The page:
What is SIBO (Small Intestinal Bacterial Overgrowth)?
A person is diagnosed with SIBO when there is an increased number of bacteria or a significant change in the types of bacteria found in the small bowel. A common misconception is that SIBO results from a single type of bacteria. Because a healthy bowel contains a spectrum of bacteria, SIBO occurs when those multiple types of bacteria increase to levels that are no longer considered healthy.
SIBO can cause malabsorption of nutrients, which results in vitamin deficiencies and weight loss. Persistent SIBO can also lead to IBS, leaky gut, inflammation and increased sensitivity to food allergies.
What causes SIBO?
Pinpointing the exact cause of SIBO can be difficult because of the condition’s complexity. There are several common predictors of SIBO, including Crohn’s disease and diverticuli, as well as use of antibiotics, acid-blockers and other medications that alter the normal gut flora.
- Irritable bowel syndrome
- Celiac disease
- Bowel surgery
- Bowel obstruction
- Prior use of antibiotics
- Decreased stomach acid (can be caused by acid blockers)
- Abdominal adhesions
- Decreased gut motility
If you have one or more of these risk factors and experience any of the following symptoms, you may have SIBO:
- Abdominal pain
- Severe bloating (Is bloating normal? What are the causes?)
- Abdominal distention
- Diarrhea or constipation
- Frequent gas and belching
What is gut motility?
Gut motility is a measure of the ability of food to pass through the digestive tract. Many issues can arise from poor gut motility, particularly malnutrition, which results from the body’s inability to absorb nutrients properly. The body may also have trouble absorbing medications, making it difficult to fully treat and resolve SIBO. Here are a few signs that you may have compromised gut motility:
What causes reduced gut motility?
Gut motility is affected by motility disorders, which hinder the digestive system’s ability to move food through the digestive tract and absorb critical nutrients. The following are some of the more common motility disorders.
Adhesions can form in the abdomen after surgery, infection, inflammation or trauma as the first step in the body’s natural healing process.Once formed, they remain in the body for life. The symptoms of abdominal adhesions can be similar to those of SIBO and, thus, are often confused. These symptoms include abdominal pain, infrequent bowel movements, abdominal distention and severe bloating after eating, reduced gut motility and painful bowel movements.
Adhesions can squeeze the bowel, wrapping tightly around it and causing a severe decrease in motility. Abdominal adhesions are also one of the primary causes of bowel obstructions.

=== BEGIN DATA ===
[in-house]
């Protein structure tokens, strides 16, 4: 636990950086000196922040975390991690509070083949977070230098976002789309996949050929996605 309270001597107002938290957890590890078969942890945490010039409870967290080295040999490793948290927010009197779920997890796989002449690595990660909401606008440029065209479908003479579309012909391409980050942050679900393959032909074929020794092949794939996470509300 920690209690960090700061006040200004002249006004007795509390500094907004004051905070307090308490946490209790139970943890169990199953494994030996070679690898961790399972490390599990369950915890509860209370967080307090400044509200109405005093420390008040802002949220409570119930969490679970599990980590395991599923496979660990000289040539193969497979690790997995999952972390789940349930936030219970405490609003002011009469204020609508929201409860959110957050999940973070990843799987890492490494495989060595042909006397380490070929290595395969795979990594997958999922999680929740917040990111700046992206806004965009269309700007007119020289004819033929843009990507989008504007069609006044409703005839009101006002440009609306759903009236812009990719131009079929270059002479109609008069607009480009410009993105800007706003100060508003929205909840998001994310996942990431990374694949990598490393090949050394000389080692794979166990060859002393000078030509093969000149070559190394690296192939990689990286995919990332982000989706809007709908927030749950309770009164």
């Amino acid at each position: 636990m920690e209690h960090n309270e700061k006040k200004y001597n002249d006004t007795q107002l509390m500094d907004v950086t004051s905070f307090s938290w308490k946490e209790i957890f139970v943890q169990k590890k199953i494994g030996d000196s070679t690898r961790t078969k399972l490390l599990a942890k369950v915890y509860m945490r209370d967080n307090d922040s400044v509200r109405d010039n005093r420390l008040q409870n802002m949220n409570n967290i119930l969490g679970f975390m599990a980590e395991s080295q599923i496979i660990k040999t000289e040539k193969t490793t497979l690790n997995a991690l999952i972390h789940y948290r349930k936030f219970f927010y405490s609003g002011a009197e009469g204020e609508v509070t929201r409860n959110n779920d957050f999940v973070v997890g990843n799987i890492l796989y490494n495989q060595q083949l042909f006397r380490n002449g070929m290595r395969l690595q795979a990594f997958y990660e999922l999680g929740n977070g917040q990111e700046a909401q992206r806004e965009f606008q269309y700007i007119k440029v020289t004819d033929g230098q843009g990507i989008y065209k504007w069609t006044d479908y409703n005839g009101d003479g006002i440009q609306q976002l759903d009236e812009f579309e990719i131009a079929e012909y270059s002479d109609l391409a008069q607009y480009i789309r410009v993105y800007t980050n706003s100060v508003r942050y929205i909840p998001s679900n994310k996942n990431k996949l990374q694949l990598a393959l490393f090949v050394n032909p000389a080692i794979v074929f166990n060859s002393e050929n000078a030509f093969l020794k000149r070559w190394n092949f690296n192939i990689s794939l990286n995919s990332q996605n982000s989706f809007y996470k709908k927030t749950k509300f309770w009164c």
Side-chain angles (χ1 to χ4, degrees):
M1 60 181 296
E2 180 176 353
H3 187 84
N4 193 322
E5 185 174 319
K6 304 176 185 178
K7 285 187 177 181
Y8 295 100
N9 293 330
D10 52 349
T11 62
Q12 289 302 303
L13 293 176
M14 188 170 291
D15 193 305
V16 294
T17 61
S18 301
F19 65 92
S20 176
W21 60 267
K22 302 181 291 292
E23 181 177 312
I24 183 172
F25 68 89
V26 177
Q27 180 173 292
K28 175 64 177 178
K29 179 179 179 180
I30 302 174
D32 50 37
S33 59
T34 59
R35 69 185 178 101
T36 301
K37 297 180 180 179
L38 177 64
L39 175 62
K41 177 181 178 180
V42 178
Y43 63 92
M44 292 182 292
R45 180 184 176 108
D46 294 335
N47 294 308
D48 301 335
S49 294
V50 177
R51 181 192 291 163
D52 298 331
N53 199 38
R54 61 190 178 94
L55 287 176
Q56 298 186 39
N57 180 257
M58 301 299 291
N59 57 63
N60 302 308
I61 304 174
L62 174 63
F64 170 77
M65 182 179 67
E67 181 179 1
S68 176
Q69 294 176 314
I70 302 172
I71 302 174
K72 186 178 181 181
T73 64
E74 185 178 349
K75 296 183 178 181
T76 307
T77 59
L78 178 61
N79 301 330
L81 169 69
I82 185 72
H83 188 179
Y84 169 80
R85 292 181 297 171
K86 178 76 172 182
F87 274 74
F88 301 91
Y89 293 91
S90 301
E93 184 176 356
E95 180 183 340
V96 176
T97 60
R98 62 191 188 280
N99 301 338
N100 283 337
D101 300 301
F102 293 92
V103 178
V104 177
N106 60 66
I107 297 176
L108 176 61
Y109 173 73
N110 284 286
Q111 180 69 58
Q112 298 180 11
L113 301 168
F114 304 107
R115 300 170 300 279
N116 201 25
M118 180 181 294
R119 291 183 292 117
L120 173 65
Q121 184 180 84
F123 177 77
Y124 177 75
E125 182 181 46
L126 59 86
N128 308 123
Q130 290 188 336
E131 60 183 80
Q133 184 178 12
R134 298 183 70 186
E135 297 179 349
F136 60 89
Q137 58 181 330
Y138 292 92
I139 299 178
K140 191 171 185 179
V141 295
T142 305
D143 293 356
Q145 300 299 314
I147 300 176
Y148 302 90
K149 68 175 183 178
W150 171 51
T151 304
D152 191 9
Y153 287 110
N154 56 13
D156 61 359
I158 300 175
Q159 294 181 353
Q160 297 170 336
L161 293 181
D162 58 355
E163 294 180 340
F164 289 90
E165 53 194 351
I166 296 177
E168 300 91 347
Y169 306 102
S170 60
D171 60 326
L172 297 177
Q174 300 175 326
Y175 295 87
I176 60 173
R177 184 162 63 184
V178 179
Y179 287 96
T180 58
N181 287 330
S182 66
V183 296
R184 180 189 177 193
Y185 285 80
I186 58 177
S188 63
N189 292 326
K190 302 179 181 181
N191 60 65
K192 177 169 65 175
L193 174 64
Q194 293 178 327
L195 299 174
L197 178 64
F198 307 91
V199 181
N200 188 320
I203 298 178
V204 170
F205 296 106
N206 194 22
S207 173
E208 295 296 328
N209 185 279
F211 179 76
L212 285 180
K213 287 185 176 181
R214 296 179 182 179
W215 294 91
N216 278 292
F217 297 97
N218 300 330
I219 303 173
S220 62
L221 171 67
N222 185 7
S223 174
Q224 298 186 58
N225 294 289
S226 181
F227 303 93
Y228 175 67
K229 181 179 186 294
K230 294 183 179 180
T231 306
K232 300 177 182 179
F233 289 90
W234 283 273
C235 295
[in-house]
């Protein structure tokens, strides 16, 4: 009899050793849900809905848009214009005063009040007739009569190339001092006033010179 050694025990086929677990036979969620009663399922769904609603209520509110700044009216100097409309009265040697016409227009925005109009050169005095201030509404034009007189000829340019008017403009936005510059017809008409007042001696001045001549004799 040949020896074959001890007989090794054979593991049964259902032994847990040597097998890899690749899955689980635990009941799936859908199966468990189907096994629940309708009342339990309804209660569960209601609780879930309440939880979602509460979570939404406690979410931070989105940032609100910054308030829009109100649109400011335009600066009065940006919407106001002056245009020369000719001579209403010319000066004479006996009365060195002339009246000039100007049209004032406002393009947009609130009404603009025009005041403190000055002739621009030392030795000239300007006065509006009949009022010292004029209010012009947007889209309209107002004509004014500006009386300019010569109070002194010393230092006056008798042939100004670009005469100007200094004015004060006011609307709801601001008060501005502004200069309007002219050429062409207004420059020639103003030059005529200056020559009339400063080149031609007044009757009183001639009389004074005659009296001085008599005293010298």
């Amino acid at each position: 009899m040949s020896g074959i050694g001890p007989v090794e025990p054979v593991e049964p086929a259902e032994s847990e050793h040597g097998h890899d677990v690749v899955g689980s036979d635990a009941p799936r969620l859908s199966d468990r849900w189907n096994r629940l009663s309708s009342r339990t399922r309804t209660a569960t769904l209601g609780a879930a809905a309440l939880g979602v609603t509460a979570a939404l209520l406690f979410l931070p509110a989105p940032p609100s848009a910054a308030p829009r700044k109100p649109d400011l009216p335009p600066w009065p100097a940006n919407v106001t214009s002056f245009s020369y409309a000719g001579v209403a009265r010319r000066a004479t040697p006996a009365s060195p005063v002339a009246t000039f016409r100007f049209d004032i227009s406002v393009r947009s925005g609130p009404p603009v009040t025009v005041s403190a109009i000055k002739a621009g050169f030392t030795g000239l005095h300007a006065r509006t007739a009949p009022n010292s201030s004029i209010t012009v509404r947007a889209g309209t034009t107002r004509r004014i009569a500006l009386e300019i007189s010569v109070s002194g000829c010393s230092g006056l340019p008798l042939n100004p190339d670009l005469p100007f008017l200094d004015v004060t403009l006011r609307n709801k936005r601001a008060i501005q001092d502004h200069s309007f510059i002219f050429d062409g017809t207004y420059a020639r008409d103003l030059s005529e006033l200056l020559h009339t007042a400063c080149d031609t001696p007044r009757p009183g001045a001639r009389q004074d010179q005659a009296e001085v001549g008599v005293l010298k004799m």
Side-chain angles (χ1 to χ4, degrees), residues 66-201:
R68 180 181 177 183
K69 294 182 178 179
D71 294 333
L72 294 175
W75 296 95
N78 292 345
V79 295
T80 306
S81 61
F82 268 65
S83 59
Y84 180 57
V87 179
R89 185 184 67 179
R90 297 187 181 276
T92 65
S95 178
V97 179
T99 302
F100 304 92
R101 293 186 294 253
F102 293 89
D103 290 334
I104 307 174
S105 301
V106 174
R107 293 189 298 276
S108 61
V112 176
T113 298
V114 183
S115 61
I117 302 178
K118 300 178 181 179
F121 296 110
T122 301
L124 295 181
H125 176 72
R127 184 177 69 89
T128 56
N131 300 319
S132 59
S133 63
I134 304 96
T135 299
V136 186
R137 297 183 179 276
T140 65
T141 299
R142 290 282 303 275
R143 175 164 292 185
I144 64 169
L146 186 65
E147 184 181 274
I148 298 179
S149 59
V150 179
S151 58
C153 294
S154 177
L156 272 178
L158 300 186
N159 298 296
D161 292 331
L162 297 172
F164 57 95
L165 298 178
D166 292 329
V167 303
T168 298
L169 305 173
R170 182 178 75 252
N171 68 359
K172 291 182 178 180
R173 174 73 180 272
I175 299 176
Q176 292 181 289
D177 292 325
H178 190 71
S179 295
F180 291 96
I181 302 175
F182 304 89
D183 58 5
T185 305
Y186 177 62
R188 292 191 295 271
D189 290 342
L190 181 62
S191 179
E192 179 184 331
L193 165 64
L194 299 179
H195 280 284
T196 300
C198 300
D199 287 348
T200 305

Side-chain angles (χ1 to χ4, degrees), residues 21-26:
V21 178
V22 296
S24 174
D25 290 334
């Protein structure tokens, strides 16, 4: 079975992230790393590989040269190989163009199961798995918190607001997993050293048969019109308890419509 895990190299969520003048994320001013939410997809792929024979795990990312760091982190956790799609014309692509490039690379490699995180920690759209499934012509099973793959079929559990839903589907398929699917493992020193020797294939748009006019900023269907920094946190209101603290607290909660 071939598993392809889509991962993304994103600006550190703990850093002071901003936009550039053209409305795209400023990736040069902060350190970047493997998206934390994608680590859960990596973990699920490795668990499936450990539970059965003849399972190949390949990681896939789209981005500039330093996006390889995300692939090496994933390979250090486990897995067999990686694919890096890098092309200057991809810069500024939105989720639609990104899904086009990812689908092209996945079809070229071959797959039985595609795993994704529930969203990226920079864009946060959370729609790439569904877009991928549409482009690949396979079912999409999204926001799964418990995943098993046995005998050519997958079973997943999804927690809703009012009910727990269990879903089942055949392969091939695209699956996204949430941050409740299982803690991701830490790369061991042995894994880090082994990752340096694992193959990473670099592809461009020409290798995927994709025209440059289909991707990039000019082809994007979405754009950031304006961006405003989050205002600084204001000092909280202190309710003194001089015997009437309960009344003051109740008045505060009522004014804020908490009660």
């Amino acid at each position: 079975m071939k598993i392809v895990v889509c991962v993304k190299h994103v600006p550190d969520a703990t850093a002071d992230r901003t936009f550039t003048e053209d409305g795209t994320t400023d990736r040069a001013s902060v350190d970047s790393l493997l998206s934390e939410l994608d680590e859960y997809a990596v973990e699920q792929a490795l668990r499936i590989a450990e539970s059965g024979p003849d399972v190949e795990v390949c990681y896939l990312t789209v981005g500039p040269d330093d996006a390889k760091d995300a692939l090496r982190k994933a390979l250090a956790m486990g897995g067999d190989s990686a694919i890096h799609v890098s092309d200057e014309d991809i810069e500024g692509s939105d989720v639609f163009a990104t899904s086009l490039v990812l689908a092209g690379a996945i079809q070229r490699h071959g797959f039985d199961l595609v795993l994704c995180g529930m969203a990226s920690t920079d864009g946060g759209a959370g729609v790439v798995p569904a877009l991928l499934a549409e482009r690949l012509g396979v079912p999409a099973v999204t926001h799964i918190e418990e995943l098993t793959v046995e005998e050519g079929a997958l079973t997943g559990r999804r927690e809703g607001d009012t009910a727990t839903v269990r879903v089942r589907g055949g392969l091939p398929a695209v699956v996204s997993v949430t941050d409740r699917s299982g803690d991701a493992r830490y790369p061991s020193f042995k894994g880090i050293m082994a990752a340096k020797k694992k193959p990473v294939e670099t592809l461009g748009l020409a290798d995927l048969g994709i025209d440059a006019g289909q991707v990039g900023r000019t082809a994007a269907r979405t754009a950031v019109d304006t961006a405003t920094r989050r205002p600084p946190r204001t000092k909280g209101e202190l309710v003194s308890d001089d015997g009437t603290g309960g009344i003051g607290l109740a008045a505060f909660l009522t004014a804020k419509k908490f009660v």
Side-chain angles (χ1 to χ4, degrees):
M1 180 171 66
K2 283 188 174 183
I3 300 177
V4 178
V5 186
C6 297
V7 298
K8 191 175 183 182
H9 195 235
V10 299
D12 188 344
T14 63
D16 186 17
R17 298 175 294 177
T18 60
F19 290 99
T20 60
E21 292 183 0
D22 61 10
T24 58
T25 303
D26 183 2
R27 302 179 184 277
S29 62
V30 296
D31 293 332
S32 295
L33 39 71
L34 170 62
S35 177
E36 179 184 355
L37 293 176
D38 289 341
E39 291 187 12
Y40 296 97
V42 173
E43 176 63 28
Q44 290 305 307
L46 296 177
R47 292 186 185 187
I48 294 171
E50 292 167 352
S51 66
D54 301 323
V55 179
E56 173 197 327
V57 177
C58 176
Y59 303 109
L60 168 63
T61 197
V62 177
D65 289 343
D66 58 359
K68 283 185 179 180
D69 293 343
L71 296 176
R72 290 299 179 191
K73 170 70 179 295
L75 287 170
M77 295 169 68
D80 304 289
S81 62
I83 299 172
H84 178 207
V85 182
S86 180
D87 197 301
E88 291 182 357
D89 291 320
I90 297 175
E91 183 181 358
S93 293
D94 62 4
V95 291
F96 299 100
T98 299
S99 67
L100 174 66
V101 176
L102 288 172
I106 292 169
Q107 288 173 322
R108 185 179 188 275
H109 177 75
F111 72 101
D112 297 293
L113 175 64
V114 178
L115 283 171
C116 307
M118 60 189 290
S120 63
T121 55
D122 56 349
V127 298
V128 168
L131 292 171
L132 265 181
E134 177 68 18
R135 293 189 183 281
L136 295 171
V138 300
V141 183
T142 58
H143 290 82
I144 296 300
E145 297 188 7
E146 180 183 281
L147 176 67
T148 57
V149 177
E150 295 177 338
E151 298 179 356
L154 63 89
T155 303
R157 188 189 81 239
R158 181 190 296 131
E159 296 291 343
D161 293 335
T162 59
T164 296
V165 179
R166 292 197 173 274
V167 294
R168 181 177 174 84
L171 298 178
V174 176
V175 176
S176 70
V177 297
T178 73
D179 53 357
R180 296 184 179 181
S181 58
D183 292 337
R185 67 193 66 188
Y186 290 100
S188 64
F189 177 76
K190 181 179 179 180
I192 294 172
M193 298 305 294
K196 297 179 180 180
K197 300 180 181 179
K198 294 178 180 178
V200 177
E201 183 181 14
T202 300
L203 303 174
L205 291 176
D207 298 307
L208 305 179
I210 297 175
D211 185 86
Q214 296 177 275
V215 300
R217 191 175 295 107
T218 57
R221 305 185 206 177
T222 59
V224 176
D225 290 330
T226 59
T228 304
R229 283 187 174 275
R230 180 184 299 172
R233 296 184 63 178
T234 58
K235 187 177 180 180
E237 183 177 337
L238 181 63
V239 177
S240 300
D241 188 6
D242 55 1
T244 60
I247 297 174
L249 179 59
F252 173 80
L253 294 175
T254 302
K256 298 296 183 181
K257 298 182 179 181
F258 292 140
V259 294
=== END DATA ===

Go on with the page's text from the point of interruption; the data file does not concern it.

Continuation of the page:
Gastroesophageal Reflux Disease (GERD)
GERD is associated with heartburn and acid regurgitation. This condition is common and often not associated with a disease. Treatments can range from lifestyle and diet modifications to surgery, in severe cases.
Intestinal dysmotility is characterized by abnormal motility in the small intestine due to weak or unsynchronized muscle contractions. The abnormal patterns can cause the symptoms of a bowel obstruction.
This is a disorder that prevents the stomach from emptying its contents at a normal speed. The most common cause of gastroparesis is diabetes; gastroparesis is also a common complication from some surgeries. Patients with gastroparesis usually have chronic nausea and vomiting; some also experience bloating and early ‘fullness’ when eating.
How can reduced gut motility cause SIBO?
SIBO is the result of abnormal motility in the bowel, which can stem from any of the conditions or risk factors listed above. Caused by poor motility, there is a buildup of bacteria in the upper part of the small intestine that is unable to escape. SIBO is normally treated with a combination of medications and dietary changes. Unfortunately, the medication may be ineffective when gut motility is reduced by adhesions. Adhesions can form after trauma, infection or surgery and significantly reduce bowel motility by wrapping around the bowels and squeezing them.
When medications are used to treat SIBO, the excess bacteria is killed — a process called “die-off.” When abdominal adhesions prevent the bacteria from exiting the small bowel, it is common for SIBO to return. The “recurring SIBO” persists until the adhesions, which are trapping the die-off, are successfully treated.
Treatment for adhesions that perpetuate SIBO
A common method for removing adhesions is a surgical procedure called lysis of adhesions, where the surgeon cuts or burns the scar tissue. Unfortunately, this approach often results in the formation of new adhesions as the body heals from the surgery. Once the adhesions are treated, medications can work better, and intestinal mobility, motility and absorption can improve significantly.